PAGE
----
In the public comment section of the meeting, all ten speeches strongly opposed the move. Representatives of the local NAACP and Southern Christian Leadership Council warned that the cuts would decrease voter turnout because voters would have to travel further to a polling place, especially among the elderly and people without cars, and noted that the cuts disproportionately affected minority-heavy precincts. Bennett dismissed these concerns, noting that because District 2 had received “preferential treatment in the past,” even with the changes, his district will have the smallest number of voters per precinct. “It was overbalanced before, it’s overbalanced now.” Bennett also repeatedly noted that he had discussed the move with civil rights groups and both the Republican and “Democrat” Parties.” Think Progress
Our friends on the Right seem to have differing reasons for cutting the ability to vote early and in many case, making it more difficult to vote on Election day. As noted above, some conservatives claim that early voters are untrustworthy and not informed enough on the issues.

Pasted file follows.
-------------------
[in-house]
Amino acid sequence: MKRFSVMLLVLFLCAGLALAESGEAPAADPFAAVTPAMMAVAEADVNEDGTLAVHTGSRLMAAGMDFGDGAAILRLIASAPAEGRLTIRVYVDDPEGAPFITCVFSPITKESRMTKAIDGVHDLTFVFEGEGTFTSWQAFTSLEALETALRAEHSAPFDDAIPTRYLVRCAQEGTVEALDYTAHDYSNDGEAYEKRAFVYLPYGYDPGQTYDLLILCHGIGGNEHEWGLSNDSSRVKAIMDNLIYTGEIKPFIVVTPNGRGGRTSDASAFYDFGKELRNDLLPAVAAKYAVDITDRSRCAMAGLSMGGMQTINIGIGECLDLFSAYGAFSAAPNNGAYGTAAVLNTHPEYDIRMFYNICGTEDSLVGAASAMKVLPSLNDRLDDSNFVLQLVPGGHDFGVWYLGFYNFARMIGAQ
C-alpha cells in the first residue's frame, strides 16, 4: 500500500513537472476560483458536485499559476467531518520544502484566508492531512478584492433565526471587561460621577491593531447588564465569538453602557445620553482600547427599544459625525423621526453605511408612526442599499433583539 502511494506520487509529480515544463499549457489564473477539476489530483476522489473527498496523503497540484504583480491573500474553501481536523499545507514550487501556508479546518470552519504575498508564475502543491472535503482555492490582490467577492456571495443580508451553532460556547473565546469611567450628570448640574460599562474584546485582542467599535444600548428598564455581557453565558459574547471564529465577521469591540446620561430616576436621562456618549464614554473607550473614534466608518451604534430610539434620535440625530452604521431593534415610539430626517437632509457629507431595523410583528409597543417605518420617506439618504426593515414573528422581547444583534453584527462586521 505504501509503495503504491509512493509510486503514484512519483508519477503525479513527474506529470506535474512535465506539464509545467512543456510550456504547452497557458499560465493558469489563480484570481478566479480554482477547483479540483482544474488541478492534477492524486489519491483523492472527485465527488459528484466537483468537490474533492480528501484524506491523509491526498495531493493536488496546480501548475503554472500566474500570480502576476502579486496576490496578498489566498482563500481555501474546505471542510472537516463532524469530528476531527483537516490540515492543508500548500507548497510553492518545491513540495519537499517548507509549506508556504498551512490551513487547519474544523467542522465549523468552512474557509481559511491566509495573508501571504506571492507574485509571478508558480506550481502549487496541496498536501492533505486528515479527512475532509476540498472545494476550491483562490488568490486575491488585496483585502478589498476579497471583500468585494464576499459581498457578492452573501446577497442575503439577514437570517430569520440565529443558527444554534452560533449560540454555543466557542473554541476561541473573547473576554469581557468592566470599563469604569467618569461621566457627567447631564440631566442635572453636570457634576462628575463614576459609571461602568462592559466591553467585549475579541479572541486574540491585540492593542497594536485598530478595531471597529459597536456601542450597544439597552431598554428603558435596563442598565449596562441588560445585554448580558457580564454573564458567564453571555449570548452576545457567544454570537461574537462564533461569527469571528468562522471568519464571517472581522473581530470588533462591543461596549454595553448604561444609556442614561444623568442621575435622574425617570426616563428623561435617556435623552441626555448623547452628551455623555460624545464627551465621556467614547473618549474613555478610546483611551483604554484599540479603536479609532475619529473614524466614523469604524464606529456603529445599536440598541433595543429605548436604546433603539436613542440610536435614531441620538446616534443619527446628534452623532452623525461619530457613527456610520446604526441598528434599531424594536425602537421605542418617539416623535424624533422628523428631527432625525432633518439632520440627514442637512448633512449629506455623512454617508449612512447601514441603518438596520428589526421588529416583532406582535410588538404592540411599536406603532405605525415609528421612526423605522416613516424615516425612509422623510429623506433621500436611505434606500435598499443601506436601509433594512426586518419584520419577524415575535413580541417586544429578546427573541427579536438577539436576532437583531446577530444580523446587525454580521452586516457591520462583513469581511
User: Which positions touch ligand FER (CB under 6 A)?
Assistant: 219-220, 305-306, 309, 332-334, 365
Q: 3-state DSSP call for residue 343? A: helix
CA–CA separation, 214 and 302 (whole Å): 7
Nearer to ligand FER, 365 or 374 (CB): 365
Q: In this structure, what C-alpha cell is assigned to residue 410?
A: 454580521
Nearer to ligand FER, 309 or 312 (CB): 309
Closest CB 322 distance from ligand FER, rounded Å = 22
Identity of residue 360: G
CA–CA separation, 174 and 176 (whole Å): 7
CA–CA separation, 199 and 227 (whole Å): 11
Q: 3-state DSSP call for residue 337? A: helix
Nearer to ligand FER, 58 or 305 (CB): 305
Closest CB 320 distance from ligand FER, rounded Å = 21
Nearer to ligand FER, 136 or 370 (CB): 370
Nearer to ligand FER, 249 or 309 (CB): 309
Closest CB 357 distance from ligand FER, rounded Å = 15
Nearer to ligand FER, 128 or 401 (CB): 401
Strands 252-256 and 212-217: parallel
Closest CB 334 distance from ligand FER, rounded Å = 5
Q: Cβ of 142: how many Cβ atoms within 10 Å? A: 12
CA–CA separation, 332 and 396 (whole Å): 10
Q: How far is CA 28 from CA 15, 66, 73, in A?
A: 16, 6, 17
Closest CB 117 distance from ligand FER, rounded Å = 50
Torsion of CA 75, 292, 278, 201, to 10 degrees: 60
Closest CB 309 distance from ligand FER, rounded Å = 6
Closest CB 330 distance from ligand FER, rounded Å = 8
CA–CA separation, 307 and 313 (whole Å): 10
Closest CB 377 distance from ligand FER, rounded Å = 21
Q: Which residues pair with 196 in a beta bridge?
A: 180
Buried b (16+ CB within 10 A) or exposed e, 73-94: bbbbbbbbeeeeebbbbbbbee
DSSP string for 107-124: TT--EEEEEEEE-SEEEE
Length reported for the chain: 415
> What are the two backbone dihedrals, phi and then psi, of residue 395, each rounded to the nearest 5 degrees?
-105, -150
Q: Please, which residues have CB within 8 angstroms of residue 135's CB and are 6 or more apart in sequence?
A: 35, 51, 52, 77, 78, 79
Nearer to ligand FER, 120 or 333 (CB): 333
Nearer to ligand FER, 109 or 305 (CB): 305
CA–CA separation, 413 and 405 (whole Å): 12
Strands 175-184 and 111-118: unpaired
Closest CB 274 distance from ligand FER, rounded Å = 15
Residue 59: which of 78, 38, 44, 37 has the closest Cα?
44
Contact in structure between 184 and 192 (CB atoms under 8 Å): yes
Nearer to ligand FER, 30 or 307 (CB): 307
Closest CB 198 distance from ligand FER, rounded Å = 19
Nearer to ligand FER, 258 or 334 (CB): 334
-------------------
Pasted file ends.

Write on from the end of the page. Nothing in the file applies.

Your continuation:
“All of these conservative commentators agree that everyone should vote on Election Day to promote “deliberation” or to prevent “stubborn” voters from making “uninformed” or emotional decisions “prematurely.” In short, they argue that we cannot trust the people to decide for themselves when they have enough information to vote.
The claim is empirically false. As Doug Chapin explains: ‘ “This argument, which was popular a decade ago, is undercut by research by Paul Gronke and others showing that early voters are not only more partisan but less undecided, meaning that they have no interest in ‘taking in the full back and forth of the campaign.’ It also flies in the face of voters, well, voting with their feet by choosing to cast ballots outside of the traditional polling place.” ‘ Slate